I like my cranberry sauce a little chunky, though cooking it longer will create a thinner sauce. You can also smash the berries with a wooden spoon or potato masher. 

roasted vegetable thanksgiving bowl

This roasted vegetable Thanksgiving bowl takes a little more effort that I’d typically put together for a weeknight, but it’s not much work when you consider the effort normally put forth on Thanksgiving. 

For a healthy, vegan, plant-based Thanksgiving option– try this small batch bowl. 

If you try it, make sure to come back to rate it and leave a comment. Seeing you make my recipes makes my day and your feedback helps other readers. 

Print
roasted vegetable thanksgiving bowl

Roasted Vegetable Thanksgiving Bowl

  • Author: Alex Caspero
  • Prep Time: 20 minutes
  • Cook Time: 1 hour
  • Total Time: 1 hour 20 minutes
  • Yield: 4 large servings, 6 regular servings 1x
  • Category: dinner, main dish, healthy
  • Method: stove top, oven
  • Cuisine: Thanksgiving, American
  • Diet: Vegan

Description

Roasted vegetable thanksgiving bowl! This simple vegan dinner is perfect for a small Thanksgiving celebration. Roasted vegetables and tofu, wild rice pilaf, mushroom gravy and cranberry sauce.


  • Author: Alex Caspero
  • Prep Time: 20 minutes
  • Cook Time: 1 hour
  • Total Time: 1 hour 20 minutes
  • Yield: 4 large servings, 6 regular servings 1x
  • Category: dinner, main dish, healthy
  • Method: stove top, oven
  • Cuisine: Thanksgiving, American
  • Diet: Vegan
  • Author: Alex Caspero
  • Prep Time: 20 minutes
  • Cook Time: 1 hour
  • Total Time: 1 hour 20 minutes
  • Yield: 4 large servings, 6 regular servings 1x
  • Category: dinner, main dish, healthy
  • Method: stove top, oven
  • Cuisine: Thanksgiving, American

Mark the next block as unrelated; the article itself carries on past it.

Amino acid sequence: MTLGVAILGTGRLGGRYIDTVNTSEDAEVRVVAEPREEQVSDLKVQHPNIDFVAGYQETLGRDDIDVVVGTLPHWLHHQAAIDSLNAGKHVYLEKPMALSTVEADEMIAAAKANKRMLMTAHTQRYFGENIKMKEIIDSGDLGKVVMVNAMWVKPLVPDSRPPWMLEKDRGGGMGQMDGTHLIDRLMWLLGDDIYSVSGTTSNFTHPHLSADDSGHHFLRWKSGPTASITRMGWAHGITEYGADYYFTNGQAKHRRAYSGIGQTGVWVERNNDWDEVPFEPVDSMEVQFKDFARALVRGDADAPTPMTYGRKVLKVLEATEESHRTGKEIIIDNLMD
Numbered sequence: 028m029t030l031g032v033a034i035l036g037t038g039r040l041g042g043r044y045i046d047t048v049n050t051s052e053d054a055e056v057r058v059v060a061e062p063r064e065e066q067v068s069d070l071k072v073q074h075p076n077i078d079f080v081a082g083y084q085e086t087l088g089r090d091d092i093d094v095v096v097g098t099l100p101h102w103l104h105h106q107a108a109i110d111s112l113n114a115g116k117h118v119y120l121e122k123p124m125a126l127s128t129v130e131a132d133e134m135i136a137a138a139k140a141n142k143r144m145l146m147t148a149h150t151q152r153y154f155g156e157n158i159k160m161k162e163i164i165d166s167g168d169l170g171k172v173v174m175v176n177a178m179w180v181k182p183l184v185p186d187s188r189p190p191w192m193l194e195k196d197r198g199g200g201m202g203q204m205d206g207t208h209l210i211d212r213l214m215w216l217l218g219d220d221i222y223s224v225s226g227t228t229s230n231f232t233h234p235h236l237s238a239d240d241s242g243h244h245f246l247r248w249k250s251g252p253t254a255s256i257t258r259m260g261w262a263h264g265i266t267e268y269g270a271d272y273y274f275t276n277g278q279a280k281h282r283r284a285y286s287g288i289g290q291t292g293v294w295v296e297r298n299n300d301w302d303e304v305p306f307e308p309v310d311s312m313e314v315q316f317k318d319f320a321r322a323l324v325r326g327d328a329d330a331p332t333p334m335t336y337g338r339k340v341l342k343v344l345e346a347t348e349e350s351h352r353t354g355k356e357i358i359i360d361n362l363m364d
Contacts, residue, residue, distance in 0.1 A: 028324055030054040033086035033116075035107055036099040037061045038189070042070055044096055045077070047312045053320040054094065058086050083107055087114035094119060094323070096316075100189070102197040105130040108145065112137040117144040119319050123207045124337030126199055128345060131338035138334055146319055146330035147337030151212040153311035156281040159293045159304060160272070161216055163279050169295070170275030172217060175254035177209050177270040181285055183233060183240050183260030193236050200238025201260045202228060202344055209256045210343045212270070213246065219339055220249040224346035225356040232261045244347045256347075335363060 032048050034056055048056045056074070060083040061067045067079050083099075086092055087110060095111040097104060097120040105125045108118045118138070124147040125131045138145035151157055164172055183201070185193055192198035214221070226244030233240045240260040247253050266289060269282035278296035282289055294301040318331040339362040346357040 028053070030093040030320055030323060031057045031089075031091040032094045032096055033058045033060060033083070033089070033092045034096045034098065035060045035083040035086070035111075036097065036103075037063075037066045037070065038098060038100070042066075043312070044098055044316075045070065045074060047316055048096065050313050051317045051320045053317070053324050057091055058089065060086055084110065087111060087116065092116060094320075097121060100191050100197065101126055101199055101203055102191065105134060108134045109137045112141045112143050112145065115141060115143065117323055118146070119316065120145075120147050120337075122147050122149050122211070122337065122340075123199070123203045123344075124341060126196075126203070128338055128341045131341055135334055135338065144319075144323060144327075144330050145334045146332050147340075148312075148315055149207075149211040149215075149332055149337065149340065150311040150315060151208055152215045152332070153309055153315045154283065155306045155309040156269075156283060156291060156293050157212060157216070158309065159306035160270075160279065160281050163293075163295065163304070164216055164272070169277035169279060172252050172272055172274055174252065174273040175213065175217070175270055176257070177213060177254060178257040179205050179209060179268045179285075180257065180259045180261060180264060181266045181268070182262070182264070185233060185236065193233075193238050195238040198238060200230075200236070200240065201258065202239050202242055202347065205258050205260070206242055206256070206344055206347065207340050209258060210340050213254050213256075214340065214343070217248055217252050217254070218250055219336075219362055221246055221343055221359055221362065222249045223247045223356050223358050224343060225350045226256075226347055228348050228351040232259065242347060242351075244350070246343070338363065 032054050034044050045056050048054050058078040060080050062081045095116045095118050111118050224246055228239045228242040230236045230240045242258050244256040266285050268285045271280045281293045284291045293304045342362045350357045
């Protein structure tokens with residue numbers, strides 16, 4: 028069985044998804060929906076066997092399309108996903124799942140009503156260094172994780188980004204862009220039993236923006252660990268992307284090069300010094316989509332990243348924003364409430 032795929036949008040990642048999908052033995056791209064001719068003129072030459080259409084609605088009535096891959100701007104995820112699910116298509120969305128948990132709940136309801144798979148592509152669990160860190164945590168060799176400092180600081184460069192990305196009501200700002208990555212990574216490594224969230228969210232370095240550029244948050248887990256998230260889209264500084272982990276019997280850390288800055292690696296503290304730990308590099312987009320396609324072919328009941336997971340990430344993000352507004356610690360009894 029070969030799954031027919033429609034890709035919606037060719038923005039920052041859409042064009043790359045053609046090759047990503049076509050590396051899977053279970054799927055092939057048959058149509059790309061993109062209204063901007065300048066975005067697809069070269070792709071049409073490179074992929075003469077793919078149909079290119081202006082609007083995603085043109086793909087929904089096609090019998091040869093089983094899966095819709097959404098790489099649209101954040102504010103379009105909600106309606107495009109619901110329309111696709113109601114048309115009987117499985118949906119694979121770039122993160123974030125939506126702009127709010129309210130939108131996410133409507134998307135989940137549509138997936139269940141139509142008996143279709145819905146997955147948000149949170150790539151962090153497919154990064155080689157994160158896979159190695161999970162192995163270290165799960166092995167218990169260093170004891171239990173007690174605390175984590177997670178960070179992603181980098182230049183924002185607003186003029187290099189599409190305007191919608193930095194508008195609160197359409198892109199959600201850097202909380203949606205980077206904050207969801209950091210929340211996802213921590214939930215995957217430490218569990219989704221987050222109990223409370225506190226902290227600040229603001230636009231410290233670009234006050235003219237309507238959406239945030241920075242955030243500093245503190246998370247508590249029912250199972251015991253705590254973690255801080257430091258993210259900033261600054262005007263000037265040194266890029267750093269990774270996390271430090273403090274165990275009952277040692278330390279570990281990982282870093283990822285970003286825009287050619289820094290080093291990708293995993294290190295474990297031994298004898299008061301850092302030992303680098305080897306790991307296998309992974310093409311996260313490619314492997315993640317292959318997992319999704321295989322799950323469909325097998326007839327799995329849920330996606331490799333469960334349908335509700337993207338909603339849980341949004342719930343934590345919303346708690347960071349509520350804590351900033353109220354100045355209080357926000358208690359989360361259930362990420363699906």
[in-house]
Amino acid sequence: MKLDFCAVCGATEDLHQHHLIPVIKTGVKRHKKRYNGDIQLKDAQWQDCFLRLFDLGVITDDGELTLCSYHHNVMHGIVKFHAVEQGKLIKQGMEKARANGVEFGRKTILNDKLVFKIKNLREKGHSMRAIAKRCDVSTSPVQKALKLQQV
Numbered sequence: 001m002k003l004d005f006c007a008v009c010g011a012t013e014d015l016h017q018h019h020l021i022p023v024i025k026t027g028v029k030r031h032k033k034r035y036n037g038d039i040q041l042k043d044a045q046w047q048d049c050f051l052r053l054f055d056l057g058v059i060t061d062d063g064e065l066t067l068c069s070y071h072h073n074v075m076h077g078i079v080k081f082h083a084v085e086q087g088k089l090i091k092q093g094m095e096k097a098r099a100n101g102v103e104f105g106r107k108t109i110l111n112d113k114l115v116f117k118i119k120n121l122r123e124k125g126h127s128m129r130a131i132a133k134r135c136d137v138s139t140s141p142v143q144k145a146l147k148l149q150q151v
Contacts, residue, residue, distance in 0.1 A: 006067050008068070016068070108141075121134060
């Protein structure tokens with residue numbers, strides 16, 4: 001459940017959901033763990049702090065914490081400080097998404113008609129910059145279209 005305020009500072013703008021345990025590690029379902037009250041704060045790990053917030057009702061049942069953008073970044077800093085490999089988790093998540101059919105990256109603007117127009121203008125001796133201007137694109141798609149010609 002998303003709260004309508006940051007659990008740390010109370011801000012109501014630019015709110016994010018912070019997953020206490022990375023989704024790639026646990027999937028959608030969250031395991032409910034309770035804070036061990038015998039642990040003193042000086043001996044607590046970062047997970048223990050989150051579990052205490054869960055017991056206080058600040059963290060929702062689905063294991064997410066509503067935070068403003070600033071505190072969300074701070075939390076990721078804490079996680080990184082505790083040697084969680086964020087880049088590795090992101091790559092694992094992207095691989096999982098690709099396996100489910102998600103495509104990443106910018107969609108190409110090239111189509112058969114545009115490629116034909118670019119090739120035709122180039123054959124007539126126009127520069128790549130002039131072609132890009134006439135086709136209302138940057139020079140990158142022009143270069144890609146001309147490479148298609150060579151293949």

• Diet: Vegan
Scale

Ingredients

Roasted Vegetables & Tofu

  • 4 cups vegetables of choice (Brussels sprouts, squash, sweet potatoes)
  • 1 14 ounce package firm tofu, drained and pressed
  • 3 tablespoons olive oil
  • 3/4 teaspoon dried sage
  • 3/4 teaspoon dried thyme
  • 1/2 teaspoon dried rosemary
  • 3/4 teaspoon dried parsley
  • 3/4 teaspoon salt
  • 1/2 teaspoon freshly ground pepper

Cranberry Orange Sauce

  • 1/4 cup freshly squeezed orange juice
  • Zest of 1 orange
  • 2 tablespoons sugar
  • 8 ounces fresh cranberries

Wild Rice Pilaf

Mushroom Gravy

Instructions

  1. Make the rice pilaf according to package directions.
  2. While the pilaf is cooking, make the mushroom gravy. (I start by soaking the dried mushrooms, then preparing the vegetables/tofu and finishing the gravy while the vegetables are cooking.)
  3. Now, make the roasted vegetables and tofu. Preheat the oven to 375 degrees F. Prepare the roasted vegetables. For even cooking, try and cut the vegetables roughly the same size. Toss the vegetables with 2 tablespoons olive oil and 1/2 teaspoon sage, 1/2 teaspoon thyme, 1/4 teaspoon rosemary, 1/2 teaspoon parsley and 1/4 teaspoon salt and 1/4 teaspoon pepper, using your hands to try and coat everything well.
  4. Place in a single layer on a baking sheet (or two, most likely) and place in the oven. Bake for 30-35 minutes, tossing halfway through, or until vegetables are done.
  5. Cube the tofu and toss with the remaining olive oil, seasonings and salt/pepper. Place in another sheet pan and roast for 20 minutes, tossing halfway through, or until golden brown.
  6. Make the cranberry sauce. Place the orange juice, zest and sugar in a medium saucepan over medium heat, whisking until the sugar is dissolved, about 5 minutes. Add in the cranberries and reduce to a simmer. Cook, stirring occasionally, for about 15 minutes, until cranberries have burst and reduced.
  7. To serve; divide the pilaf and top with roasted vegetables, tofu, gravy and cranberry sauce.

Notes

*The vegetables may take longer depending on what you choose and how large you cut them.

**I use a box wild rice pilaf for ease; but you can use any grain you’d like.

***You can make both the gravy and the cranberry sauce in advance.

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Alex Caspero is a Registered Dietitian, Plant-Based Chef and Yoga Instructor. She aims to cut through the nutrition noise by providing real-life, nourishing tips for body and mind. Learn more about Alex.